Every parent wants their children to succeed. Parents naturally want their children to be recognized as bold leaders who are prepared to face any obstacle. However, establishing leadership qualities in youngsters requires time and effort. Here are some pointers:
- Have Them Try Out Sports
Most parents would agree that allowing their children to participate in sports may educate them about collaboration, which is an important component of leadership. However, according to the Washington Post, 70% of children drop out of athletics by the age of 13. This is due to a variety of circumstances, including a loss of interest, the likelihood of not playing in college, and the discovery of alternative sports such as skateboarding.
It’s perfectly OK if they drop out at some time. The aim here isn’t simply for kids to “find a sport,” but for them to have engaged in an activity that requires them to utilize their bodies, develop a skill, and operate as a team members.
- Focus On Emotional Intelligence
Emotional intelligence measures how well your child understands empathy and sympathy, and it is an important aspect of problem resolution. As you are surely aware, these are essential leadership abilities. If you want to know where you or your child stands on the emotional intelligence scale, Psychology Today provides a free exam that takes around an hour.
- Embrace Failure
This can be difficult for many parents. We can get so caught up in wanting the best for our children that we forget to cope with what occurs when things don’t go as planned. According to Psychological Science, how a youngster handles failure and adversity is a substantial predictor of his or her growth and IQ. Make sure your child learns to deal with failure in a healthy, productive way.
- Establish Sound Financial Practices
One of the most crucial lessons to teach your children is financial management. Anyone can be hit by adversity; what matters is how they respond. According to Credit Repair, the trickle-down impact of debt may impair your parenting style as well as your family’s general satisfaction.
- Take Them On Trips
Traveling does not always need you to visit a different nation. It may be a trip to a local state park or simply a day spent exploring your city or town. What matters is that you spend meaningful time with your children outside of the house. A research conducted by New Mexico State University discovered that parents who spend time doing activities with their children have a significantly deeper emotional connection than those who just sit in the same room watching TV. It’s not necessarily about the quantity of time you spend with your children, but about the quality of that time.
- Teach Patience
Patience is a talent that, if properly taught, may last a lifetime. Fishing and hunting are attractive pastimes for both parents and children because they teach “proactive patience.” You’re doing something that needs you to wait on purpose, which is a terrific skill for becoming an amazing listener or observer.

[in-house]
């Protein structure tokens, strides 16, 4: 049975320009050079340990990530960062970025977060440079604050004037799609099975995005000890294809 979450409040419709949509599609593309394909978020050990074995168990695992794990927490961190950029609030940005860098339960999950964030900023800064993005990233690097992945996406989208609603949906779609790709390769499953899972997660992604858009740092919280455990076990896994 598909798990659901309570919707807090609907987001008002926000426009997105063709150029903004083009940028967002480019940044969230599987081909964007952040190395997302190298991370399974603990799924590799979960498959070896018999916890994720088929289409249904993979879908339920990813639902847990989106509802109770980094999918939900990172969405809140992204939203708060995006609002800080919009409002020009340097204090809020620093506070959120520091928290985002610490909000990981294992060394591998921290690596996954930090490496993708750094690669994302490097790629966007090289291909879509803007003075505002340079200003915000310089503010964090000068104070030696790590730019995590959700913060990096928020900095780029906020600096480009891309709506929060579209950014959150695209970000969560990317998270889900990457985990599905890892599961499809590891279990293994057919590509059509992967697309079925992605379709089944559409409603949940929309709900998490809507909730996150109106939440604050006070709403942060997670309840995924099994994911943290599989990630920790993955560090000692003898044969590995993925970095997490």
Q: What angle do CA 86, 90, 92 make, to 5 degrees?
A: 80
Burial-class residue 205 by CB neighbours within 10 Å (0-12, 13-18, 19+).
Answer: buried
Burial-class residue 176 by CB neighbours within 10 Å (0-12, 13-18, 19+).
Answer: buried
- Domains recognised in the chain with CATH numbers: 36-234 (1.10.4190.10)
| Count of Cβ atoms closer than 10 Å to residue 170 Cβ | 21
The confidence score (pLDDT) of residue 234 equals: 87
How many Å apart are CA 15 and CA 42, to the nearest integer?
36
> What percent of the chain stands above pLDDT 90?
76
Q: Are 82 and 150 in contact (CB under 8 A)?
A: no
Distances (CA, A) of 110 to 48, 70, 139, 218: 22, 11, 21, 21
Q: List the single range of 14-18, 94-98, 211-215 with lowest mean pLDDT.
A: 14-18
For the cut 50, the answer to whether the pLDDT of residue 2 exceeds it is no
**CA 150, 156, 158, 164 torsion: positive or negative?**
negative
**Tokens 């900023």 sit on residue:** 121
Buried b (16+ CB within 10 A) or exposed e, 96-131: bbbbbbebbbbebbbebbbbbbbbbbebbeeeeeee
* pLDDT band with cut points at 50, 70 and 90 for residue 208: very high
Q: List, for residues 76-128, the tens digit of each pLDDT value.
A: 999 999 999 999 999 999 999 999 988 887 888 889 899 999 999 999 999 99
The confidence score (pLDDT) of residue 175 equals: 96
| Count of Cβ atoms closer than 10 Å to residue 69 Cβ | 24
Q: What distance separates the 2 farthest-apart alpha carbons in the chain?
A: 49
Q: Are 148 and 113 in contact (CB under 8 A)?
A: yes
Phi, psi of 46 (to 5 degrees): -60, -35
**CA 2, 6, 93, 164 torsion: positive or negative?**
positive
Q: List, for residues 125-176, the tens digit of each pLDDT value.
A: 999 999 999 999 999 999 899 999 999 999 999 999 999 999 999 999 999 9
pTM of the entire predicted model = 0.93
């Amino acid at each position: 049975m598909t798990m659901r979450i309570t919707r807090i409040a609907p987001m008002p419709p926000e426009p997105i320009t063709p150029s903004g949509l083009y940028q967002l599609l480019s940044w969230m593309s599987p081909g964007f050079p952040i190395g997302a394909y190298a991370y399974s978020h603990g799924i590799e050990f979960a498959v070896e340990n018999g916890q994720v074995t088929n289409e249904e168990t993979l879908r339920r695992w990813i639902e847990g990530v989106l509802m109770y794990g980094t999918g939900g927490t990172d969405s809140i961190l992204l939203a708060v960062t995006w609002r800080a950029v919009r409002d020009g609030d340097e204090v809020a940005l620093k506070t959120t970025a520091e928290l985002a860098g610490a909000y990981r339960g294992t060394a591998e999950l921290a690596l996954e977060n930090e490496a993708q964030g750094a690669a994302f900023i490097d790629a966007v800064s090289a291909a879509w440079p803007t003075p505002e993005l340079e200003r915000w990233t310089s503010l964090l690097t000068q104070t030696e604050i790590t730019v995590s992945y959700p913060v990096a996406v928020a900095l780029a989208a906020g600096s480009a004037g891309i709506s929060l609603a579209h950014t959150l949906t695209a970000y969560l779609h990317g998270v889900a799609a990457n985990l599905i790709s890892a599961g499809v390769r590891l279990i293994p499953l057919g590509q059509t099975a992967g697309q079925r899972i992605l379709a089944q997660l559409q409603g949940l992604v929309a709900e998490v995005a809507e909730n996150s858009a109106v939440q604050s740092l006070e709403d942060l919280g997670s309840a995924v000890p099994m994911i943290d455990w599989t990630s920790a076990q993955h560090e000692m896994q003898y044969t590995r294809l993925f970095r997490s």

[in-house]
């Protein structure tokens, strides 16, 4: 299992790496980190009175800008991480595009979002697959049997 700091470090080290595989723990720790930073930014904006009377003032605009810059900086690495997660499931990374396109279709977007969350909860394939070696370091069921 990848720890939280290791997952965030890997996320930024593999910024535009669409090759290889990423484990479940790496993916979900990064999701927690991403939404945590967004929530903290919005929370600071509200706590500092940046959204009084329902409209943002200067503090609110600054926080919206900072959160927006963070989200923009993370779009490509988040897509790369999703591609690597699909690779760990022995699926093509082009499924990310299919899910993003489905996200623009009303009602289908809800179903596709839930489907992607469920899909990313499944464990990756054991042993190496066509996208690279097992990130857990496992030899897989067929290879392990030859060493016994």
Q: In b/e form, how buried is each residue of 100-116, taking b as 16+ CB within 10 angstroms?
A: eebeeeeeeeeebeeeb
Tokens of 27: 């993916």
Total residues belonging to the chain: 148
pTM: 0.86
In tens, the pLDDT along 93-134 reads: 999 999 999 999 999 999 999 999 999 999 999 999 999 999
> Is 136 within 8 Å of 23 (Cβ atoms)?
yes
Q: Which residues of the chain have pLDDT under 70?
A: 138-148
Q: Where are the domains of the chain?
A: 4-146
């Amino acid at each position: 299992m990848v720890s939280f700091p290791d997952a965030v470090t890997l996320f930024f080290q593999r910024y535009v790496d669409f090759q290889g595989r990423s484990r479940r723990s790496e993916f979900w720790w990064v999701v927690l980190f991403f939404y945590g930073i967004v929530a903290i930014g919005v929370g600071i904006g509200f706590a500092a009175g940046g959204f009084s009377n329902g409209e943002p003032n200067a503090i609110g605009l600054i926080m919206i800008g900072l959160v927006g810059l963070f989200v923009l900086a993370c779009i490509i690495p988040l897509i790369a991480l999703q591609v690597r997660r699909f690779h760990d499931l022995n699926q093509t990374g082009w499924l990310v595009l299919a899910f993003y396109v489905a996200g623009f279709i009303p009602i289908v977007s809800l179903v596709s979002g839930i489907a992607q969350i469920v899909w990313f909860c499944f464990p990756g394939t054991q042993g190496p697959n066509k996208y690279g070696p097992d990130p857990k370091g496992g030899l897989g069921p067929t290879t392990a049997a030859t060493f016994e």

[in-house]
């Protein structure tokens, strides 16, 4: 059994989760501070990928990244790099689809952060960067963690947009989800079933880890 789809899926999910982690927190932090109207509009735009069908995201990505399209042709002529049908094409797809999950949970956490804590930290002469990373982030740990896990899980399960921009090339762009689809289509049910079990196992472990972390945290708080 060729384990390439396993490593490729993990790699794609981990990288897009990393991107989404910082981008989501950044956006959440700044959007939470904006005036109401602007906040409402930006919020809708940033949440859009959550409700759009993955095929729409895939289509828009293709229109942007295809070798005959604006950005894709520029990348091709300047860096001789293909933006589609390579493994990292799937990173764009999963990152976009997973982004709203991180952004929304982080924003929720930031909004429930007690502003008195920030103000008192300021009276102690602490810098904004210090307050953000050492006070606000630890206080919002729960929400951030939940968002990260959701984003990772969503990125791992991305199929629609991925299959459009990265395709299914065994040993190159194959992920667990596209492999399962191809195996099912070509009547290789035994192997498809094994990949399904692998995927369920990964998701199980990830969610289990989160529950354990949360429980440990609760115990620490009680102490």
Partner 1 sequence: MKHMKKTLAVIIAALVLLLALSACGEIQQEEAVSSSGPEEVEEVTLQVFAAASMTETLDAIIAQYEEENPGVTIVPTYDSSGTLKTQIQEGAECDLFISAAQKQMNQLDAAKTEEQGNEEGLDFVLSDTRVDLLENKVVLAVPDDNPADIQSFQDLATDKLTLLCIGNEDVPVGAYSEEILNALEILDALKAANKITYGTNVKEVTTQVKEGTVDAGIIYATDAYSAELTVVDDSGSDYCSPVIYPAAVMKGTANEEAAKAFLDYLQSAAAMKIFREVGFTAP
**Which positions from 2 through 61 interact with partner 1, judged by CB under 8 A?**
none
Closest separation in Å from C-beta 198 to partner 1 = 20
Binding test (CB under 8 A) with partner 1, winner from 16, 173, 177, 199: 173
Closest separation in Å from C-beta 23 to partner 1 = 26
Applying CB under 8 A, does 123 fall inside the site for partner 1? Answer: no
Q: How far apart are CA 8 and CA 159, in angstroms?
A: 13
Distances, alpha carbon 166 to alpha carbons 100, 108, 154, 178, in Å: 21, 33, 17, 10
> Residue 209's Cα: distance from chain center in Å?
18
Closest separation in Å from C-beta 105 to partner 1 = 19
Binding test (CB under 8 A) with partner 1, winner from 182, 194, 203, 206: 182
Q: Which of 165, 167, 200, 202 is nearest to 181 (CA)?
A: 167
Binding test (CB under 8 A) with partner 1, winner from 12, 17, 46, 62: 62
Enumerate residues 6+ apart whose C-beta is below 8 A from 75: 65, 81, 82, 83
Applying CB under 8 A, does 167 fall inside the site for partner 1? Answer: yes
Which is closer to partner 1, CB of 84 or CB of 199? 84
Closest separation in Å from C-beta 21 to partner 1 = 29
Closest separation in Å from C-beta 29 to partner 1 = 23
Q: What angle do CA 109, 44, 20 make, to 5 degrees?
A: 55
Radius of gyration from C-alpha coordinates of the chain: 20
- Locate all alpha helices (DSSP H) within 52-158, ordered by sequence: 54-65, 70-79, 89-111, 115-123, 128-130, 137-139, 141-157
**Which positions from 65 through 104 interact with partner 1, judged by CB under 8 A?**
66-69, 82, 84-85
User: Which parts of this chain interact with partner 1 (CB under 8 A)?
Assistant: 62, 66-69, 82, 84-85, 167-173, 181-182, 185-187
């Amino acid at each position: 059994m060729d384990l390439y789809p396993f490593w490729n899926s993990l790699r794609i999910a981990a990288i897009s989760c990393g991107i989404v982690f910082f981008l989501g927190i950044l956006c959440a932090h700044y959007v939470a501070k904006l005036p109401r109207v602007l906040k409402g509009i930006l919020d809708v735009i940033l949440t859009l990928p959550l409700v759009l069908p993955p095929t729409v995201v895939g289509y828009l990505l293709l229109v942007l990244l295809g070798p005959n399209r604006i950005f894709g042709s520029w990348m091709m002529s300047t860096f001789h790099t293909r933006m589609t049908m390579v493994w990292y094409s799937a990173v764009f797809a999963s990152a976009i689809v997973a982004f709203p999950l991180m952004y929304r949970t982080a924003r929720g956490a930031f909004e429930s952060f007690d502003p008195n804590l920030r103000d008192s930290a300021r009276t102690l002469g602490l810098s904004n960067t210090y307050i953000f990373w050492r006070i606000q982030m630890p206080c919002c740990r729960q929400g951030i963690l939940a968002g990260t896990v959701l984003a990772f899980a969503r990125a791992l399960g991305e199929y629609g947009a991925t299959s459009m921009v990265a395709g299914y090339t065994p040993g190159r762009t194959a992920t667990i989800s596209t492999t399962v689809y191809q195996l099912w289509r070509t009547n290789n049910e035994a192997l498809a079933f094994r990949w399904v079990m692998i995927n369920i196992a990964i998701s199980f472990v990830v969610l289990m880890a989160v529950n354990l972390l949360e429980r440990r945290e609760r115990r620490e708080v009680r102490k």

- Give Them Time To Be Creative
Because creativity is one of the most valuable assets a leader can have, it is critical to provide your children with opportunities to use their creative muscles. As Berkeley University’s Greater Good magazine points out, there are many fantastic methods to encourage creativity in children, such as encouraging them to read and display artwork throughout the house.
- Practice Negotiation Techniques With Them
It may appear absurd that parents should encourage their children to compete on an equal playing field with them, but it is a really valuable communication skill. A Bond University research on teaching negotiation reveals that role plays focusing on viewing diverse perspectives of a problem might be successful.
- Instill The Dangers Of Procrastination
Almost everyone procrastinates at some point in their lives. Procrastination, on the other hand, might prohibit someone from realizing his or her greatest potential if it becomes a habit. You’ll always want to let your child be a kid, but it’s also crucial to educate them on how to get things done when required. Dr. Tim Pychyl, a psychologist at Carleton University, has given an amazing talk on how to reduce procrastination tenfold.
- Lead By Example
The adage is true: as a parent, you will be the most important instructor your child will ever have. Whatever you do, they will imitate. Do you not believe me? According to a Pew Research Center survey, 72 percent of parents want their parents to think of them as excellent parents. This effect will endure a lifetime, so get accustomed to being your best. It is certain to make a long-lasting impact on your children!
Rose .A. Milani,
Parent Coach and Registered Mental Health Counsellor